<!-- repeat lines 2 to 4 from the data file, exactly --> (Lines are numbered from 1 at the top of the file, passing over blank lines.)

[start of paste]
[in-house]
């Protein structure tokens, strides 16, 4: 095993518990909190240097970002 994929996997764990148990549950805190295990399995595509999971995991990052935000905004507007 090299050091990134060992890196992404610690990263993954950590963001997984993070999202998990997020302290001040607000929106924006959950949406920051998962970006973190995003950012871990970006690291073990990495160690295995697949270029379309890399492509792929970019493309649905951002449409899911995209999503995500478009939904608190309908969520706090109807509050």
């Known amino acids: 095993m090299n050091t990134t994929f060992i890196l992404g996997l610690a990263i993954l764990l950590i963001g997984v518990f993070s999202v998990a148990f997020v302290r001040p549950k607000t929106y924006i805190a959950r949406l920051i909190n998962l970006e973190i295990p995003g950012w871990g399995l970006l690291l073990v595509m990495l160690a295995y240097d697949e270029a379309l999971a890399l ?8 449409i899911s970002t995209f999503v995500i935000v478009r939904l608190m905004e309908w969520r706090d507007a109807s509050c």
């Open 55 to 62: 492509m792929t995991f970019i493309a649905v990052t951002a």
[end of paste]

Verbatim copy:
């Protein structure tokens, strides 16, 4: 095993518990909190240097970002 994929996997764990148990549950805190295990399995595509999971995991990052935000905004507007 090299050091990134060992890196992404610690990263993954950590963001997984993070999202998990997020302290001040607000929106924006959950949406920051998962970006973190995003950012871990970006690291073990990495160690295995697949270029379309890399492509792929970019493309649905951002449409899911995209999503995500478009939904608190309908969520706090109807509050």
């Known amino acids: 095993m090299n050091t990134t994929f060992i890196l992404g996997l610690a990263i993954l764990l950590i963001g997984v518990f993070s999202v998990a148990f997020v302290r001040p549950k607000t929106y924006i805190a959950r949406l920051i909190n998962l970006e973190i295990p995003g950012w871990g399995l970006l690291l073990v595509m990495l160690a295995y240097d697949e270029a379309l999971a890399l ?8 449409i899911s970002t995209f999503v995500i935000v478009r939904l608190m905004e309908w969520r706090d507007a109807s509050c």
């Open 55 to 62: 492509m792929t995991f970019i493309a649905v990052t951002a």